A viable, vibrant fly on-the-wall documentary finds a print media stalwart having to adapt to an instantaneous new future of producing and receiving news.
Page One: Inside The New York Times is deftly directed by Andrew Rossi and Kate Novack and trenchantly underlines the aspect of incisive hard-line fact-based journalism being left in the dust by major change.
The Internet has become the consumer's primary news source with many print outlets losing solvency nationwide, so arguably the United States's most influential newspaper has had its operations shaken up over the past two years or so. Of course it has coincided with a huge, long-lasting economic downturn with crises from Wall Street to the automobile industry, along with credit and mortgages (as foreclosures in limbo with people living in their homes for long periods getting more and more exposure).
The talking heads include editors, publishers and media analysts as the filmmakers provide access into the "daily miracle" of a valuable news organization for year. Page One is a candid, up-close look at collaborations and heated cross-cubical discussions. The jockeying for quoting on-the-record and clever pitching for the front page is interesting to watch as the operations of the Media Desk are opened up for the first time. Registering for news on-line should be equal and free for all is key within the context of vying media industries.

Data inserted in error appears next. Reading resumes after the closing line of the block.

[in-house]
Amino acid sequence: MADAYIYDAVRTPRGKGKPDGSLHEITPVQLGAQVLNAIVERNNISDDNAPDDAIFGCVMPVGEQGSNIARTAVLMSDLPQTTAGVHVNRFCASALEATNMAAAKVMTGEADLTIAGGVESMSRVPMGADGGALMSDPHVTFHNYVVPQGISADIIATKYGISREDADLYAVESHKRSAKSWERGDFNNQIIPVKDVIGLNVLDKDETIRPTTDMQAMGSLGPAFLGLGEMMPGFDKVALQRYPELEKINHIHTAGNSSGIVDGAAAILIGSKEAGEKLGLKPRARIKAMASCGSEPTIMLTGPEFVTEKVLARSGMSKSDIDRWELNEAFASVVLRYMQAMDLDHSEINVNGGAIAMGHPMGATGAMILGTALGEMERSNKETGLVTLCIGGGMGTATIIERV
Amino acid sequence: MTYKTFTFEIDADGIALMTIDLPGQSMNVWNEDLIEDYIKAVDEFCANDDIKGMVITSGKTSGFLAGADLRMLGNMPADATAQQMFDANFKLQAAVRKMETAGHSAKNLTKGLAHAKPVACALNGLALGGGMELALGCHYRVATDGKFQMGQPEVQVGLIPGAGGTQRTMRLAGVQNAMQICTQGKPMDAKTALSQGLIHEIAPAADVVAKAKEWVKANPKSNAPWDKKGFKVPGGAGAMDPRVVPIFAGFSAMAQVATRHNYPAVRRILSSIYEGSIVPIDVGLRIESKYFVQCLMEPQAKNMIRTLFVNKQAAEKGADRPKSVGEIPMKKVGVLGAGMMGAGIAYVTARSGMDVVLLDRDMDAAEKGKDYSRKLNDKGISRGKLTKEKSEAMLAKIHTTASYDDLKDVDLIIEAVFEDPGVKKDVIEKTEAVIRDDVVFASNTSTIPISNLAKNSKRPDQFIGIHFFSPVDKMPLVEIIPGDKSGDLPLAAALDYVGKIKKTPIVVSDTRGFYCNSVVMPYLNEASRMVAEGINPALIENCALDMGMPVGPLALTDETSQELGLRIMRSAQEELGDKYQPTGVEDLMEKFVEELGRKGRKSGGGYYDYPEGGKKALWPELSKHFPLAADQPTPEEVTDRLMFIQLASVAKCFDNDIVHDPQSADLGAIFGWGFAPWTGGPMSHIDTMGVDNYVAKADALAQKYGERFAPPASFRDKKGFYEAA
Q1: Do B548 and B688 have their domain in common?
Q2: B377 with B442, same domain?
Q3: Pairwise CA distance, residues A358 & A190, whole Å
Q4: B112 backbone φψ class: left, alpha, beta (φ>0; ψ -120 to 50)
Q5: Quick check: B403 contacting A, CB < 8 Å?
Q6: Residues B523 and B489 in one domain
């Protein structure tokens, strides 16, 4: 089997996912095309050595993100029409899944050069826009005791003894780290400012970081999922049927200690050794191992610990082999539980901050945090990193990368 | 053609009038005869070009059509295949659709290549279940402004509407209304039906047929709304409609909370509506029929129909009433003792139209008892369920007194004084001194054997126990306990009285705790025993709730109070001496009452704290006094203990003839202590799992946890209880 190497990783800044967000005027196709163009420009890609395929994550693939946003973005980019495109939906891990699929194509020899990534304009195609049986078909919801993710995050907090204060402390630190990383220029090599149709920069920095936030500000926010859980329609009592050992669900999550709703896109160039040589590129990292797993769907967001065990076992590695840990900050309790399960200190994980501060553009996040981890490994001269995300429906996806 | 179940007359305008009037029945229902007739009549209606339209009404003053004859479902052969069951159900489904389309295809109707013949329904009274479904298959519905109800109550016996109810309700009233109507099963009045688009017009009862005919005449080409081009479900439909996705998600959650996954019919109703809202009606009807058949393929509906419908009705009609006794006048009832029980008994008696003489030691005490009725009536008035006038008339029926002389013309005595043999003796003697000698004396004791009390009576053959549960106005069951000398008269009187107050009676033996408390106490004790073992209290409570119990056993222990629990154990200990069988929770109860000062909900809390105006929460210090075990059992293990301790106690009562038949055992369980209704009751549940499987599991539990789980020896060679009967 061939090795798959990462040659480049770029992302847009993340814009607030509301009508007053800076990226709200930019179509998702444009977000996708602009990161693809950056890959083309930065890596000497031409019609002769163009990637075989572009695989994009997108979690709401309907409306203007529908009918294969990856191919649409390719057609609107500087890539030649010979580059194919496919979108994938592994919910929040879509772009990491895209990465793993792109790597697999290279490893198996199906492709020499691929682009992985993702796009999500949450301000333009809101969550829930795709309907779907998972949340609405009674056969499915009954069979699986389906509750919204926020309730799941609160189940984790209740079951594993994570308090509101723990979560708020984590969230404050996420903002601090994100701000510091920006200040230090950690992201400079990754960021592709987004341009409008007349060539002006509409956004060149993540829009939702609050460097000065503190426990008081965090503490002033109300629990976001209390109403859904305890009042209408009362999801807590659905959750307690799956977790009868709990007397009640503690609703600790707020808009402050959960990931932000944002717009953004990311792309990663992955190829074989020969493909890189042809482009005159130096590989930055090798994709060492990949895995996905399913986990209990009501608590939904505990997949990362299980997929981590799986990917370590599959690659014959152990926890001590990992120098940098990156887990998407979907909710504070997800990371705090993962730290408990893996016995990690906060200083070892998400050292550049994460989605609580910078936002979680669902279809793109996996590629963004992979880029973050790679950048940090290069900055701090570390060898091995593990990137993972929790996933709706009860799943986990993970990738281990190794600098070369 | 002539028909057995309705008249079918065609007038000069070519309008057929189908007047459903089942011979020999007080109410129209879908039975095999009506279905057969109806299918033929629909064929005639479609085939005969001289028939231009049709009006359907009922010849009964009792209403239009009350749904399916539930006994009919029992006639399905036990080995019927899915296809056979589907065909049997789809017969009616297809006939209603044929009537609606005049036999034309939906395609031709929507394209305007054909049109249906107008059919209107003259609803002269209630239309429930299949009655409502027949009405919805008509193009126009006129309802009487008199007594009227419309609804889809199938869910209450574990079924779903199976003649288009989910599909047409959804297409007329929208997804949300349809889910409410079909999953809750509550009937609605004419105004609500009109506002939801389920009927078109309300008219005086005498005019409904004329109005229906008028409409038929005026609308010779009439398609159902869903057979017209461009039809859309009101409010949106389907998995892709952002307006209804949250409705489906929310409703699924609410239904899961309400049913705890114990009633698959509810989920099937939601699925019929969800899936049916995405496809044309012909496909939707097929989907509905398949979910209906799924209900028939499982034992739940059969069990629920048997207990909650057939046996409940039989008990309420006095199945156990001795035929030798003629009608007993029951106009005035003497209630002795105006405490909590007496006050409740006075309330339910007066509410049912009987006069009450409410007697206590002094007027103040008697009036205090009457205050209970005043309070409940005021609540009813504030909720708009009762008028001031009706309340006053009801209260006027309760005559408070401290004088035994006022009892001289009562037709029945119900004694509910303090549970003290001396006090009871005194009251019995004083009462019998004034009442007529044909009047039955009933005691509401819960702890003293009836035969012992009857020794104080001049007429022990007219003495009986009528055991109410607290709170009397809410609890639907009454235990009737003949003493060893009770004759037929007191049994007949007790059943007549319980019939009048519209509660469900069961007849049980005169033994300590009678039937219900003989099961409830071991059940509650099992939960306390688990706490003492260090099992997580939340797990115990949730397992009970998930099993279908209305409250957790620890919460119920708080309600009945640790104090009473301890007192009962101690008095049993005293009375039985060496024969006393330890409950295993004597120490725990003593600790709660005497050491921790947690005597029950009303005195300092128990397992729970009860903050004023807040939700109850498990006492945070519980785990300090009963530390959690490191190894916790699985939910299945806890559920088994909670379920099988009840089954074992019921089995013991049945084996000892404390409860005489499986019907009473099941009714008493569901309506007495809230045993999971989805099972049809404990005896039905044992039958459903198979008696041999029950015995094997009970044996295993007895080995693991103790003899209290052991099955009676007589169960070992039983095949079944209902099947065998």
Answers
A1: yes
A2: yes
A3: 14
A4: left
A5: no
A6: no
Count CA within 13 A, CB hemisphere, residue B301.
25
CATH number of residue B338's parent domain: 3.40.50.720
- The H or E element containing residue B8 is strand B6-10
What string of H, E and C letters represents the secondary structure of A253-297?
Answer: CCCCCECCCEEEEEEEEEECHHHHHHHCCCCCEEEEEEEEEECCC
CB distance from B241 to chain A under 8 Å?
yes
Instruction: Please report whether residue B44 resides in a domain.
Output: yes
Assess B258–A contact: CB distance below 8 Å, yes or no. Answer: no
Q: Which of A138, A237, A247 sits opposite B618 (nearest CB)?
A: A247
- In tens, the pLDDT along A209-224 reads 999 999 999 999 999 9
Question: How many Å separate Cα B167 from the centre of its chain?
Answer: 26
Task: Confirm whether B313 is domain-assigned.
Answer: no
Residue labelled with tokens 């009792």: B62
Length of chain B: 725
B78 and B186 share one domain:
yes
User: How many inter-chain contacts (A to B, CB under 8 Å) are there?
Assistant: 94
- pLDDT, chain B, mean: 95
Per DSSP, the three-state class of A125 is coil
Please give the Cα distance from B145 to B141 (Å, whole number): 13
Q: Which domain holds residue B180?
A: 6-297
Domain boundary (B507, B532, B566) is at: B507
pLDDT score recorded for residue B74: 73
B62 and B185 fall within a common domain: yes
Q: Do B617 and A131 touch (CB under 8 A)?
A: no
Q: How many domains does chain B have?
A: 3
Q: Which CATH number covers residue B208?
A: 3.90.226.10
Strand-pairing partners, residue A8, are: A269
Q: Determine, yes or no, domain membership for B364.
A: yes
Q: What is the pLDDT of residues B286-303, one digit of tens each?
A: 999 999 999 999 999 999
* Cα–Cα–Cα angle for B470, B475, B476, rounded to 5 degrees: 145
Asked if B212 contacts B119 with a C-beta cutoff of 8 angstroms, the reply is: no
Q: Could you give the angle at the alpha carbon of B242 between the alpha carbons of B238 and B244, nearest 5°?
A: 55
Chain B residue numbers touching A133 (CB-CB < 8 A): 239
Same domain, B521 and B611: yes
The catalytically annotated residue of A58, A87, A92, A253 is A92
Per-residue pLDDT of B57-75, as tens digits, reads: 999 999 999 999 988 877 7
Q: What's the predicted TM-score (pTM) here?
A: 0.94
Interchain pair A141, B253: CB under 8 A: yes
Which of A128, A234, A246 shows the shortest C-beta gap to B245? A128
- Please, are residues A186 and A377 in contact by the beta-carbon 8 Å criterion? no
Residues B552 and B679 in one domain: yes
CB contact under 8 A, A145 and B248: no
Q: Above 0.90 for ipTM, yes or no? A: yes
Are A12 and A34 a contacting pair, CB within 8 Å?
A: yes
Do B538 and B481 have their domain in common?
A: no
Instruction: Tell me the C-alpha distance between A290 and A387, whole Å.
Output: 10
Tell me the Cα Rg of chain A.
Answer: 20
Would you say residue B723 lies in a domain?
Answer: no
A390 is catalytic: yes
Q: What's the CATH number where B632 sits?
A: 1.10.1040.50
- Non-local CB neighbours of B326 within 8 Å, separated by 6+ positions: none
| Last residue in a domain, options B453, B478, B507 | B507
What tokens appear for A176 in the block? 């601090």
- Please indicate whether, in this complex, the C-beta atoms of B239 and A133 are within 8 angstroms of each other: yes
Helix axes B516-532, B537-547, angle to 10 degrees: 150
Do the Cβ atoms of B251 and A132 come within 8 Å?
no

Tart-mouthed, opinionated and sly media columnist David Carr comes across a celebrity here, bring up the Times's criticism and where print news is headed, along with writers like Tim Arango and Brian Stelter as the "Gray Lady" tries to stay formidable and prestigious (even after scandals like Jayson Blair).
The early challenges of the 21st century include an international nonprofit organization like "Wikileaks" which publishes classified, private and secret information from anonymous new sources as more layoffs lurk on the horizon. More platforms are colliding with old rigorous print tenacity on the SmartPhone, slick new iPads to the social formats of Facebook and, more concisely, Twitter.
A passionate, elucidative account of varying, difficult situations and turmoil facing driven journalists like Carr makes for interpretative, robust cinema verity that might prove a little more disturbing to lovers and haters of a media giant trying hard to maintain its economic footing.
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